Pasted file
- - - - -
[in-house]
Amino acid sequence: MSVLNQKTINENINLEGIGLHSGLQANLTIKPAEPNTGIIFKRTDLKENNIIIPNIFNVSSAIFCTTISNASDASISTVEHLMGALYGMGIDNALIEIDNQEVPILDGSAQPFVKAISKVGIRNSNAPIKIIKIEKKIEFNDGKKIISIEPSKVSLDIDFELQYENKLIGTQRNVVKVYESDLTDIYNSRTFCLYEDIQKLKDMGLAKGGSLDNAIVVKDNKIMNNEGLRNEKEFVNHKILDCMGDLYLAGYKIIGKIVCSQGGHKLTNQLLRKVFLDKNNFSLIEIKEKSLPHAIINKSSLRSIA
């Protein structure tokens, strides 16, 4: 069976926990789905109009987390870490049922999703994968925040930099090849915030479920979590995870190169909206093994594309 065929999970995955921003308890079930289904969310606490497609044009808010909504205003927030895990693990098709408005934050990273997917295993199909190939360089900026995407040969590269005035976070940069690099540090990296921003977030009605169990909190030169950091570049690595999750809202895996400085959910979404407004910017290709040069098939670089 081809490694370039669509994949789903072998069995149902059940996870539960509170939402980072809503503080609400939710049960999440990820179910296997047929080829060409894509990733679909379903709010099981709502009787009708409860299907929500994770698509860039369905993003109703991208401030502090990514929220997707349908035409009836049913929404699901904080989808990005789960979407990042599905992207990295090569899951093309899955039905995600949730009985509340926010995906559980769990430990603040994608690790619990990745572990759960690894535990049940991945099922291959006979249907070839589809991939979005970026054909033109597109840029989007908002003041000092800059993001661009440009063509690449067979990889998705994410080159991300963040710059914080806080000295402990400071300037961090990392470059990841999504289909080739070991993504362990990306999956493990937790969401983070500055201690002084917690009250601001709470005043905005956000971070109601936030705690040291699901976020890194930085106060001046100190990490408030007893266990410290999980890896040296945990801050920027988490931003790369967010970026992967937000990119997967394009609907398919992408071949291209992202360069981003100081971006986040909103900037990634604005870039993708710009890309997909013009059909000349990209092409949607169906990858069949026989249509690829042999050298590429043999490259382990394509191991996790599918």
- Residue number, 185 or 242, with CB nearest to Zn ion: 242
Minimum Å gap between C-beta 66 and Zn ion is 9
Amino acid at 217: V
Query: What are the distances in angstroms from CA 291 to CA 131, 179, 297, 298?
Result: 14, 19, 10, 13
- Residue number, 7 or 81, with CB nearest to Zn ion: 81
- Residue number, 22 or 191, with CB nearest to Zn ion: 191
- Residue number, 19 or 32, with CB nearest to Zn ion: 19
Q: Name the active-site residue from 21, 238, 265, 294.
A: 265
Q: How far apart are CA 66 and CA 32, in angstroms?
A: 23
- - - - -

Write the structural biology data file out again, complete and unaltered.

[in-house]
Amino acid sequence: MSVLNQKTINENINLEGIGLHSGLQANLTIKPAEPNTGIIFKRTDLKENNIIIPNIFNVSSAIFCTTISNASDASISTVEHLMGALYGMGIDNALIEIDNQEVPILDGSAQPFVKAISKVGIRNSNAPIKIIKIEKKIEFNDGKKIISIEPSKVSLDIDFELQYENKLIGTQRNVVKVYESDLTDIYNSRTFCLYEDIQKLKDMGLAKGGSLDNAIVVKDNKIMNNEGLRNEKEFVNHKILDCMGDLYLAGYKIIGKIVCSQGGHKLTNQLLRKVFLDKNNFSLIEIKEKSLPHAIINKSSLRSIA
């Protein structure tokens, strides 16, 4: 069976926990789905109009987390870490049922999703994968925040930099090849915030479920979590995870190169909206093994594309 065929999970995955921003308890079930289904969310606490497609044009808010909504205003927030895990693990098709408005934050990273997917295993199909190939360089900026995407040969590269005035976070940069690099540090990296921003977030009605169990909190030169950091570049690595999750809202895996400085959910979404407004910017290709040069098939670089 081809490694370039669509994949789903072998069995149902059940996870539960509170939402980072809503503080609400939710049960999440990820179910296997047929080829060409894509990733679909379903709010099981709502009787009708409860299907929500994770698509860039369905993003109703991208401030502090990514929220997707349908035409009836049913929404699901904080989808990005789960979407990042599905992207990295090569899951093309899955039905995600949730009985509340926010995906559980769990430990603040994608690790619990990745572990759960690894535990049940991945099922291959006979249907070839589809991939979005970026054909033109597109840029989007908002003041000092800059993001661009440009063509690449067979990889998705994410080159991300963040710059914080806080000295402990400071300037961090990392470059990841999504289909080739070991993504362990990306999956493990937790969401983070500055201690002084917690009250601001709470005043905005956000971070109601936030705690040291699901976020890194930085106060001046100190990490408030007893266990410290999980890896040296945990801050920027988490931003790369967010970026992967937000990119997967394009609907398919992408071949291209992202360069981003100081971006986040909103900037990634604005870039993708710009890309997909013009059909000349990209092409949607169906990858069949026989249509690829042999050298590429043999490259382990394509191991996790599918």
- Residue number, 185 or 242, with CB nearest to Zn ion: 242
Minimum Å gap between C-beta 66 and Zn ion is 9
Amino acid at 217: V
Query: What are the distances in angstroms from CA 291 to CA 131, 179, 297, 298?
Result: 14, 19, 10, 13
- Residue number, 7 or 81, with CB nearest to Zn ion: 81
- Residue number, 22 or 191, with CB nearest to Zn ion: 191
- Residue number, 19 or 32, with CB nearest to Zn ion: 19
Q: Name the active-site residue from 21, 238, 265, 294.
A: 265
Q: How far apart are CA 66 and CA 32, in angstroms?
A: 23